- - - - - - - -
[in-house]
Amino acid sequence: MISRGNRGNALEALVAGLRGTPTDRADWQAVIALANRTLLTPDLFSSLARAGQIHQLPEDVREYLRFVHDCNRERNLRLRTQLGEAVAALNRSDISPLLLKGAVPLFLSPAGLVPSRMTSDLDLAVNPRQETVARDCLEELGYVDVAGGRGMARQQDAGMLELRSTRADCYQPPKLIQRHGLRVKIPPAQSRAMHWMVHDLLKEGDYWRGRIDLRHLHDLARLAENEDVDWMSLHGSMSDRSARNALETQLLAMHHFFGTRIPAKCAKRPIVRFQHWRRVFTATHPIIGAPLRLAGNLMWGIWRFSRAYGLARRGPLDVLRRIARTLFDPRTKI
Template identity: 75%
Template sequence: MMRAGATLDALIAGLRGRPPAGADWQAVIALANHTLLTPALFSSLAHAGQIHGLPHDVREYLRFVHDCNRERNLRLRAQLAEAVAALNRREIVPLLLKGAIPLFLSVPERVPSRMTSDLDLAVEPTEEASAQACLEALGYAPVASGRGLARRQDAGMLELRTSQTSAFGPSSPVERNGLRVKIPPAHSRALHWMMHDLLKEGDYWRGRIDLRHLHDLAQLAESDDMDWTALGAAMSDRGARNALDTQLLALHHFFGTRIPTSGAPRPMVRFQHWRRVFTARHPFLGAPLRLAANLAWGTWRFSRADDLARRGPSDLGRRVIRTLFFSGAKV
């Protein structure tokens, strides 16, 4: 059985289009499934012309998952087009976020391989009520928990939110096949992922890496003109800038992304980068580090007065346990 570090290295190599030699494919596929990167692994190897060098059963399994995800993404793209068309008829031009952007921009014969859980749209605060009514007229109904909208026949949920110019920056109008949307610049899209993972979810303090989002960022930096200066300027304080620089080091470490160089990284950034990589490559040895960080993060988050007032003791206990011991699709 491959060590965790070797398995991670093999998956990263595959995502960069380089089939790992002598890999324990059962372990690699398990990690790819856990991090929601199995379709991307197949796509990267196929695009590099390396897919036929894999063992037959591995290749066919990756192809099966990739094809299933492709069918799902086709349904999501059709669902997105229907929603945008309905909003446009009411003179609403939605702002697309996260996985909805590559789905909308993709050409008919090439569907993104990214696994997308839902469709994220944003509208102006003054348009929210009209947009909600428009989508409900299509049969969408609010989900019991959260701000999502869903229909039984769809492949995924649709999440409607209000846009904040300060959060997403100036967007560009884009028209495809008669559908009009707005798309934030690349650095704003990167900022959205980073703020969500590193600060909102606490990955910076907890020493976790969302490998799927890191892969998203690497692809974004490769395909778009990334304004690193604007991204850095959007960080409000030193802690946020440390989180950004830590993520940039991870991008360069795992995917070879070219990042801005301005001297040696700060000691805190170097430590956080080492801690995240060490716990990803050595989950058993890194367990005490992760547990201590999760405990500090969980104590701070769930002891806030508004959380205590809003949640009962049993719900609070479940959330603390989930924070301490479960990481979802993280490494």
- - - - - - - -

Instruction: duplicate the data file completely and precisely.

[in-house]
Amino acid sequence: MISRGNRGNALEALVAGLRGTPTDRADWQAVIALANRTLLTPDLFSSLARAGQIHQLPEDVREYLRFVHDCNRERNLRLRTQLGEAVAALNRSDISPLLLKGAVPLFLSPAGLVPSRMTSDLDLAVNPRQETVARDCLEELGYVDVAGGRGMARQQDAGMLELRSTRADCYQPPKLIQRHGLRVKIPPAQSRAMHWMVHDLLKEGDYWRGRIDLRHLHDLARLAENEDVDWMSLHGSMSDRSARNALETQLLAMHHFFGTRIPAKCAKRPIVRFQHWRRVFTATHPIIGAPLRLAGNLMWGIWRFSRAYGLARRGPLDVLRRIARTLFDPRTKI
Template identity: 75%
Template sequence: MMRAGATLDALIAGLRGRPPAGADWQAVIALANHTLLTPALFSSLAHAGQIHGLPHDVREYLRFVHDCNRERNLRLRAQLAEAVAALNRREIVPLLLKGAIPLFLSVPERVPSRMTSDLDLAVEPTEEASAQACLEALGYAPVASGRGLARRQDAGMLELRTSQTSAFGPSSPVERNGLRVKIPPAHSRALHWMMHDLLKEGDYWRGRIDLRHLHDLAQLAESDDMDWTALGAAMSDRGARNALDTQLLALHHFFGTRIPTSGAPRPMVRFQHWRRVFTARHPFLGAPLRLAANLAWGTWRFSRADDLARRGPSDLGRRVIRTLFFSGAKV
């Protein structure tokens, strides 16, 4: 059985289009499934012309998952087009976020391989009520928990939110096949992922890496003109800038992304980068580090007065346990 570090290295190599030699494919596929990167692994190897060098059963399994995800993404793209068309008829031009952007921009014969859980749209605060009514007229109904909208026949949920110019920056109008949307610049899209993972979810303090989002960022930096200066300027304080620089080091470490160089990284950034990589490559040895960080993060988050007032003791206990011991699709 491959060590965790070797398995991670093999998956990263595959995502960069380089089939790992002598890999324990059962372990690699398990990690790819856990991090929601199995379709991307197949796509990267196929695009590099390396897919036929894999063992037959591995290749066919990756192809099966990739094809299933492709069918799902086709349904999501059709669902997105229907929603945008309905909003446009009411003179609403939605702002697309996260996985909805590559789905909308993709050409008919090439569907993104990214696994997308839902469709994220944003509208102006003054348009929210009209947009909600428009989508409900299509049969969408609010989900019991959260701000999502869903229909039984769809492949995924649709999440409607209000846009904040300060959060997403100036967007560009884009028209495809008669559908009009707005798309934030690349650095704003990167900022959205980073703020969500590193600060909102606490990955910076907890020493976790969302490998799927890191892969998203690497692809974004490769395909778009990334304004690193604007991204850095959007960080409000030193802690946020440390989180950004830590993520940039991870991008360069795992995917070879070219990042801005301005001297040696700060000691805190170097430590956080080492801690995240060490716990990803050595989950058993890194367990005490992760547990201590999760405990500090969980104590701070769930002891806030508004959380205590809003949640009962049993719900609070479940959330603390989930924070301490479960990481979802993280490494």